Post-cattle class brouhaha, some advice for Congress, Tharoor and the media

Or forget the media. The media knows what it has done. It will do it again. Even politicians in India can be shamed and named by persistent media, but shaming the media is another matter altogether.

For Shashi Tharoor

You know what you should do. Do it. Keep it quiet on Twitter. You are a writer, but watch every word you say. You are not dealing with just the people who populate Twitter or the upper middle class. What you write will be watched, and just as you received a lot of kudos for being tech-savvy and sophisticated enough to make the upper classes think you are their man, there are many who resent that, think you are an outsider, and waiting for something to trip you up on. Which they did this time.

Use simple English. Read your tweets a few times before you publish them. Journalists (in those days when they actually got some training) were told to write in such a way that someone who has not passed his high school would be able to comprehend them. Goes for you too.

It is rare that a first-time MP makes it to the cabinet. Put it to good use. Thiruvananthapuram voted you into Parliament with an overwhelming majority, and were thrilled to see you being made a MoS. DO not ruin it all.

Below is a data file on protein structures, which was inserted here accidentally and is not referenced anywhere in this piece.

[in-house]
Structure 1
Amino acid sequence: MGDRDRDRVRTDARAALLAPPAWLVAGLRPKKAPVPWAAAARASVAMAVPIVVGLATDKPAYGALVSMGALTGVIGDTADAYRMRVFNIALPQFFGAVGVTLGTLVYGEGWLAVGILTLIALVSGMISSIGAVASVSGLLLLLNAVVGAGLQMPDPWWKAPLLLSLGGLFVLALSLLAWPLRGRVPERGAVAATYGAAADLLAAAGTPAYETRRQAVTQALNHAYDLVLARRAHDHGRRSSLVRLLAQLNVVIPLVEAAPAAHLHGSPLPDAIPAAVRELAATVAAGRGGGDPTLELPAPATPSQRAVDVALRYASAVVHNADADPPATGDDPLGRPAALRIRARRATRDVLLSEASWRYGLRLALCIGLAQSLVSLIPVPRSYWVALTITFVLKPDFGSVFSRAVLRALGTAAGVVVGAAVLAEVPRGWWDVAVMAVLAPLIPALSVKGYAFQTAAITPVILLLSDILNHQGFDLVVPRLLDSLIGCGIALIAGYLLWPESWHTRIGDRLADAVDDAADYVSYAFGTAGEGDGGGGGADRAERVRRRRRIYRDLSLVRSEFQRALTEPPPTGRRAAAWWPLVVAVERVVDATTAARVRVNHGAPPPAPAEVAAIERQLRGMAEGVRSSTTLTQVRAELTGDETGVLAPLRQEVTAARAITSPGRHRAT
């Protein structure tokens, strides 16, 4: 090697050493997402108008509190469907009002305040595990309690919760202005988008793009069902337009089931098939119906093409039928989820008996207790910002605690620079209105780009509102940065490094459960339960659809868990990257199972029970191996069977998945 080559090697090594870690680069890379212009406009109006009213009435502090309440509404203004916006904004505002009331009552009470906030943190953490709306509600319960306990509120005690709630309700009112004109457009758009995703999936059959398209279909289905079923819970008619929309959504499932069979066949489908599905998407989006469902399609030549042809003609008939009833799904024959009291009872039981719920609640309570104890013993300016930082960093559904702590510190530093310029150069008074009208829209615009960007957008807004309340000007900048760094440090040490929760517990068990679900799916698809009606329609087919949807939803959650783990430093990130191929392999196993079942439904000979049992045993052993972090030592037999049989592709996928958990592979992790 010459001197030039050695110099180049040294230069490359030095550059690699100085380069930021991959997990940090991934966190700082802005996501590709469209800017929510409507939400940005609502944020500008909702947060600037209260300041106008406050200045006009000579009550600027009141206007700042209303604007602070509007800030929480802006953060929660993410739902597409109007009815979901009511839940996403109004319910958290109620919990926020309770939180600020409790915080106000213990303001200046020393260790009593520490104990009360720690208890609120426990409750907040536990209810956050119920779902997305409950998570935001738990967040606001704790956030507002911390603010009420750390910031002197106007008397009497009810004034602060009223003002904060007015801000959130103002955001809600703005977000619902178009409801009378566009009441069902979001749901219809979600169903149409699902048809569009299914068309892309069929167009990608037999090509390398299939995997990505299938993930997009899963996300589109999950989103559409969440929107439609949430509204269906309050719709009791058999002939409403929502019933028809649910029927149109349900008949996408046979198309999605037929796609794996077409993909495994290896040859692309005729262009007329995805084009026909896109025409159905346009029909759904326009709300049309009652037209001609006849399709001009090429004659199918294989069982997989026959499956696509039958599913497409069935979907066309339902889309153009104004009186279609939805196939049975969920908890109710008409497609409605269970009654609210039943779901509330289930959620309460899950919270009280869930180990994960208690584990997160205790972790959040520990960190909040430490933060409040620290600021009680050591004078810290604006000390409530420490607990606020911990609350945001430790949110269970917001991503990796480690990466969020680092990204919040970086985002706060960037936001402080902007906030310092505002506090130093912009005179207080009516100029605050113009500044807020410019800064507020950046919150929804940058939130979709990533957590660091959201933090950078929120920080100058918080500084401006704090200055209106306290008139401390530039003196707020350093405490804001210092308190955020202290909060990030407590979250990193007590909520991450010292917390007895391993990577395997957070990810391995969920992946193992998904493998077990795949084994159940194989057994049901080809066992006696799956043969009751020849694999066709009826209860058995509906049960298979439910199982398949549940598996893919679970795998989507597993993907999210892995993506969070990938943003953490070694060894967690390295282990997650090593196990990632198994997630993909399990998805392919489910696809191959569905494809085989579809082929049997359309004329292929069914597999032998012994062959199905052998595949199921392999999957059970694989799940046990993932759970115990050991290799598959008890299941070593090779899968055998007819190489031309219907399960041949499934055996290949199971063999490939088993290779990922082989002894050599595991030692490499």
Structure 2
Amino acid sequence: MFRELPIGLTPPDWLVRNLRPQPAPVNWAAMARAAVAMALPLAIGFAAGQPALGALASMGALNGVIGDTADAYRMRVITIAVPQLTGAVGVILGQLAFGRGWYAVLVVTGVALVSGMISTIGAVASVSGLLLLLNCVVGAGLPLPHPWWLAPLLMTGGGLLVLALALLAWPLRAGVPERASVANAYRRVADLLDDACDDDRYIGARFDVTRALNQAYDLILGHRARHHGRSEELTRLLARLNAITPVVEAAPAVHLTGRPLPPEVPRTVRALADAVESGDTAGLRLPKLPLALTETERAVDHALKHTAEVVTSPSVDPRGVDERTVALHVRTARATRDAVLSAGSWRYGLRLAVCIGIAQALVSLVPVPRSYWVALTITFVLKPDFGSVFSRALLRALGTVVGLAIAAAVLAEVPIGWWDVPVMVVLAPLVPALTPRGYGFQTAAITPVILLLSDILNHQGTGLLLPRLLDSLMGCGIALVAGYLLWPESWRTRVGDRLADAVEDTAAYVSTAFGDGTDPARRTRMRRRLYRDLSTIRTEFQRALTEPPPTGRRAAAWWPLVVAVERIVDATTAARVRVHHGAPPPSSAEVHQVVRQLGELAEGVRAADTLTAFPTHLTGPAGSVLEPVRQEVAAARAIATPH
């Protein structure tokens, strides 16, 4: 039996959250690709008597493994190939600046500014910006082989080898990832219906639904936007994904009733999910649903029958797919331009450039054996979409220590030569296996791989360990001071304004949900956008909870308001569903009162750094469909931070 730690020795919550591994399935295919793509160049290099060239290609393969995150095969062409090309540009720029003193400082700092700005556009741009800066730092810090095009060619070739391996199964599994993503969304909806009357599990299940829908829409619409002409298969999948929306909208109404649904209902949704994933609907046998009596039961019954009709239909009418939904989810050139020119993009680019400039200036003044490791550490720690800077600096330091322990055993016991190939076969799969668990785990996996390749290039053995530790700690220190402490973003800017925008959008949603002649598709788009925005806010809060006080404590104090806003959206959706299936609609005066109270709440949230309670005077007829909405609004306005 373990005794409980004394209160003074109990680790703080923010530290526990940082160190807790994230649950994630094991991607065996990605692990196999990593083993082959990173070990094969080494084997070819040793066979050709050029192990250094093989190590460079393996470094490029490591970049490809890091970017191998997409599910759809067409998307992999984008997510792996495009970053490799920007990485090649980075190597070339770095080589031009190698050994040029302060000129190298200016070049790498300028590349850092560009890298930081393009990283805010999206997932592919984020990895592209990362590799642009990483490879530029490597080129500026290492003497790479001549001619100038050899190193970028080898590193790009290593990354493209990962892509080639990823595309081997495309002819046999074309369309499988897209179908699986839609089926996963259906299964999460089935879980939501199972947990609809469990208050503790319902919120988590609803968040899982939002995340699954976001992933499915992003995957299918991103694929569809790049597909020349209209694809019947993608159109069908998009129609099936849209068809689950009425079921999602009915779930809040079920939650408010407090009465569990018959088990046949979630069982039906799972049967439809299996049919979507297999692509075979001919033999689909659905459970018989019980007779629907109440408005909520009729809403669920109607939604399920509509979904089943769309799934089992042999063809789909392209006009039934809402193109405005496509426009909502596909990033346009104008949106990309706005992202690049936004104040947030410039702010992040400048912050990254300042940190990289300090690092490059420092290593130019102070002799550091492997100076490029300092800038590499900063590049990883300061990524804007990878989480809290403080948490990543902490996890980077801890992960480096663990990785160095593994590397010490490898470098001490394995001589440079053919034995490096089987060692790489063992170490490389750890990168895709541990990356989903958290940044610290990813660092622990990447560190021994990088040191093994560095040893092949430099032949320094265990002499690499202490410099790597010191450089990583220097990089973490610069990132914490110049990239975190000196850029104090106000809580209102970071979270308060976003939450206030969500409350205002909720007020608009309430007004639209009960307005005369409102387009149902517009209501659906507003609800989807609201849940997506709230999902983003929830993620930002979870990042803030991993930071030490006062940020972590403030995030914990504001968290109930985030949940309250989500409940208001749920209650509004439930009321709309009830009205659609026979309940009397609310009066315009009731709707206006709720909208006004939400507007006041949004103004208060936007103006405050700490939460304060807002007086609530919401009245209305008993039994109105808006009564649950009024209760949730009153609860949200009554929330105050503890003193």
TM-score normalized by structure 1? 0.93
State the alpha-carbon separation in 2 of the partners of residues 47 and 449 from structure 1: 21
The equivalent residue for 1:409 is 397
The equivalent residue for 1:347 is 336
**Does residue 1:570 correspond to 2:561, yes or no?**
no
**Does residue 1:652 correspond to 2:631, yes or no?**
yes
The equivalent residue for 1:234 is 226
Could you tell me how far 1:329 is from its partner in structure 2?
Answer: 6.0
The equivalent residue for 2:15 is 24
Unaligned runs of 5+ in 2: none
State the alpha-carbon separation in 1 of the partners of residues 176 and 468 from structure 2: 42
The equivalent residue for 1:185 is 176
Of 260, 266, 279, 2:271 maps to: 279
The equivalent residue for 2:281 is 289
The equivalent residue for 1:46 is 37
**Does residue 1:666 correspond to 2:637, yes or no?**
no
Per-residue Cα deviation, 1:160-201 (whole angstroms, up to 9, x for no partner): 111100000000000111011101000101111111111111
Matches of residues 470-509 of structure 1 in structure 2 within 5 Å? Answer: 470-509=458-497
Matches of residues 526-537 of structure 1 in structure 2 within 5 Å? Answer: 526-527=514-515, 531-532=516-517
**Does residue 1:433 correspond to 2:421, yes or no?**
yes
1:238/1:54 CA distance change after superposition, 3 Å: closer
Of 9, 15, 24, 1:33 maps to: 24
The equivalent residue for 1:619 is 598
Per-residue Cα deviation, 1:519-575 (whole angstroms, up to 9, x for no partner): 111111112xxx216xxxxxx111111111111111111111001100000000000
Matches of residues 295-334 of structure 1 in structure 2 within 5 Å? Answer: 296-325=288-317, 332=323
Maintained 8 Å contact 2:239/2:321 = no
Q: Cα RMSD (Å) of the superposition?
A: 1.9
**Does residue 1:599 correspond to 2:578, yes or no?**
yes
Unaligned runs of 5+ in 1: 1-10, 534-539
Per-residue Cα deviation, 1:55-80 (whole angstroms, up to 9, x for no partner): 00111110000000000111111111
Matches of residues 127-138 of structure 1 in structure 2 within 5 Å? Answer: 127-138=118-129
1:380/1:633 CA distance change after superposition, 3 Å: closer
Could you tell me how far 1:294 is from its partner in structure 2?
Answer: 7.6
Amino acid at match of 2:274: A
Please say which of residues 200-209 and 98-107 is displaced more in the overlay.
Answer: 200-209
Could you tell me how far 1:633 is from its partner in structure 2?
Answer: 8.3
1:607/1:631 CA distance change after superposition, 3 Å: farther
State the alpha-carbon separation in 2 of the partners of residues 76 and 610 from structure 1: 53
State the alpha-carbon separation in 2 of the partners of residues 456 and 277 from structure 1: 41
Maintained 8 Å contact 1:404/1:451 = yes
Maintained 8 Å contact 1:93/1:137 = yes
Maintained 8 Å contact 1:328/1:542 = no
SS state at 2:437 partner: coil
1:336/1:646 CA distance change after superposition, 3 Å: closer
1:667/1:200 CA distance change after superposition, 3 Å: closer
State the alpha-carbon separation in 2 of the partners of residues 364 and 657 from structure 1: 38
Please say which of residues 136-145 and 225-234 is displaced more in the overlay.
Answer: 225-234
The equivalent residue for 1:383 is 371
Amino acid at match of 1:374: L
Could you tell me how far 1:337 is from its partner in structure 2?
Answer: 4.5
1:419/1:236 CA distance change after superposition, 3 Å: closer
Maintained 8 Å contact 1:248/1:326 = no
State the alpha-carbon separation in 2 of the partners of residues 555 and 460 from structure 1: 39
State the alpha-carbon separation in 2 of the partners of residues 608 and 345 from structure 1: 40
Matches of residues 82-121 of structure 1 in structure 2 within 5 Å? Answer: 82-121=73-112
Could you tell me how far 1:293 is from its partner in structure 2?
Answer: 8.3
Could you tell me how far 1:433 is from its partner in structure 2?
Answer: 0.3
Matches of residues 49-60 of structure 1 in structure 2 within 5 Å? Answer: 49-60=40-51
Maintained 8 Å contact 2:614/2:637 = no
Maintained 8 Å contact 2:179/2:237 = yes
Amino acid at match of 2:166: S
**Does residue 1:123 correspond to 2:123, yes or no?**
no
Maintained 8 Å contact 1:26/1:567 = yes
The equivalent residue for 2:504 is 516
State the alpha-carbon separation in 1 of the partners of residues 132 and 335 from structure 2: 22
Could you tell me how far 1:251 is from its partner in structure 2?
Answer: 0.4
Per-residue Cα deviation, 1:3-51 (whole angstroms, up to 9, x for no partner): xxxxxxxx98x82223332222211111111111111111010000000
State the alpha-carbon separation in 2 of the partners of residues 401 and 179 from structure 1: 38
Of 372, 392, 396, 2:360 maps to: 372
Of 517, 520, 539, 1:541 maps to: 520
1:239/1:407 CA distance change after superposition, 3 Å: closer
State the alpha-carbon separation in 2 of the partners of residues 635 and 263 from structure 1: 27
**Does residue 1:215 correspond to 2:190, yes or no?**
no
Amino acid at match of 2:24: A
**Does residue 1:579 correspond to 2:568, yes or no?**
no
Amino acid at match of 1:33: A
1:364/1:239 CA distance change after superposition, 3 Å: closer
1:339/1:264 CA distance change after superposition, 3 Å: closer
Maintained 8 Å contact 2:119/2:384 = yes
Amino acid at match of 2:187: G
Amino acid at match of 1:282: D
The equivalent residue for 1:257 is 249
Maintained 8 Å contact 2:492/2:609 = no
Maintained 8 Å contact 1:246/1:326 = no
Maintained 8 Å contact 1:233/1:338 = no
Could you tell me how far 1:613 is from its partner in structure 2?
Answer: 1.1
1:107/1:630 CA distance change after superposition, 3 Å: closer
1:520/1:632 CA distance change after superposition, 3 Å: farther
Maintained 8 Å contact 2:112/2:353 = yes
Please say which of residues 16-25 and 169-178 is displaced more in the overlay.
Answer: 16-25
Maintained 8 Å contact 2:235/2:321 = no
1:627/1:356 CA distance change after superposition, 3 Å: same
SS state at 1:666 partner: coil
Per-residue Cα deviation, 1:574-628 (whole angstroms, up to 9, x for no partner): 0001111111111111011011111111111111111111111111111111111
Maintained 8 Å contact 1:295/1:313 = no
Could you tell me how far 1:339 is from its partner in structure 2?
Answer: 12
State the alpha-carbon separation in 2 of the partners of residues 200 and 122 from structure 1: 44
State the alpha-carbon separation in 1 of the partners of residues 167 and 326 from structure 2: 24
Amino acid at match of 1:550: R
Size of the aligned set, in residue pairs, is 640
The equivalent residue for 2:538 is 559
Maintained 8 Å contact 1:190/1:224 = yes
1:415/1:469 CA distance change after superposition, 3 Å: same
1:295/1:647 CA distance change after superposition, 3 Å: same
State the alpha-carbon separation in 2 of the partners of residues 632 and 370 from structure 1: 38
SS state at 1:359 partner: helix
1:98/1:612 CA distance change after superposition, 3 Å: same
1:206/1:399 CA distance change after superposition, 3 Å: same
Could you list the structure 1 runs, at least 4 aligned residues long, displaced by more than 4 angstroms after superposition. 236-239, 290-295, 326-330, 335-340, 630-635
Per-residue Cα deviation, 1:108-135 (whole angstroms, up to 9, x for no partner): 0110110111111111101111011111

Neither your English language skills or tech literacy matters in the hurly burly of Indian politics.

Here, you are not allowed to joke, or be casual or flippant. Sit tight and grab on to that chair.

Oh, and about that aide of yours – Jacob Joseph – who has no idea about public relations and thinks that retweeting attacks on Congress – you need to  deal with them. That was serious immaturity.

For Congress

Learn how to douse a fire. Shashi Tharoor asked for this trouble, fine. But leaving every Congressman to bad-mouth him reflects badly on the entire party. Perhaps you think that it was better that Congress shows some anger instead of allowing BJP to capitalise on this. If that is it, it was smart. But nevertheless, there is a limit to it.

Probably Congress thinks – rightly – that the aam aadmi voted them to power, and they have to keep their sensibilities in mind. True, but after the initial drama, play it down. Deal with Shashi Tharoor in private.

There is a theory I have – the “holy cows” phrase, not the “cattle class” one, is what has pissed Congress off. COming a day after Sonia’s and Rahul’s budget travel, it sounded suspiciously like he was taking a potshot at them. He may not have been, and maybe was just referring to the holy cow of pretend-austerity. But that is not what it might sound like to ears ready to listen to any hint of a dig at the holy family!

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One Response to “Shashi Tharoor’s Twitter saga: Twittergate controversy gets more ridiculous”

  1. sanjoy alexander said on Sunday, October 4, 2009, 9:34

    Well-written piece. The tone of the article deserves thwo thumbs-up. Keep up the good work.
    Sanjoy Alexander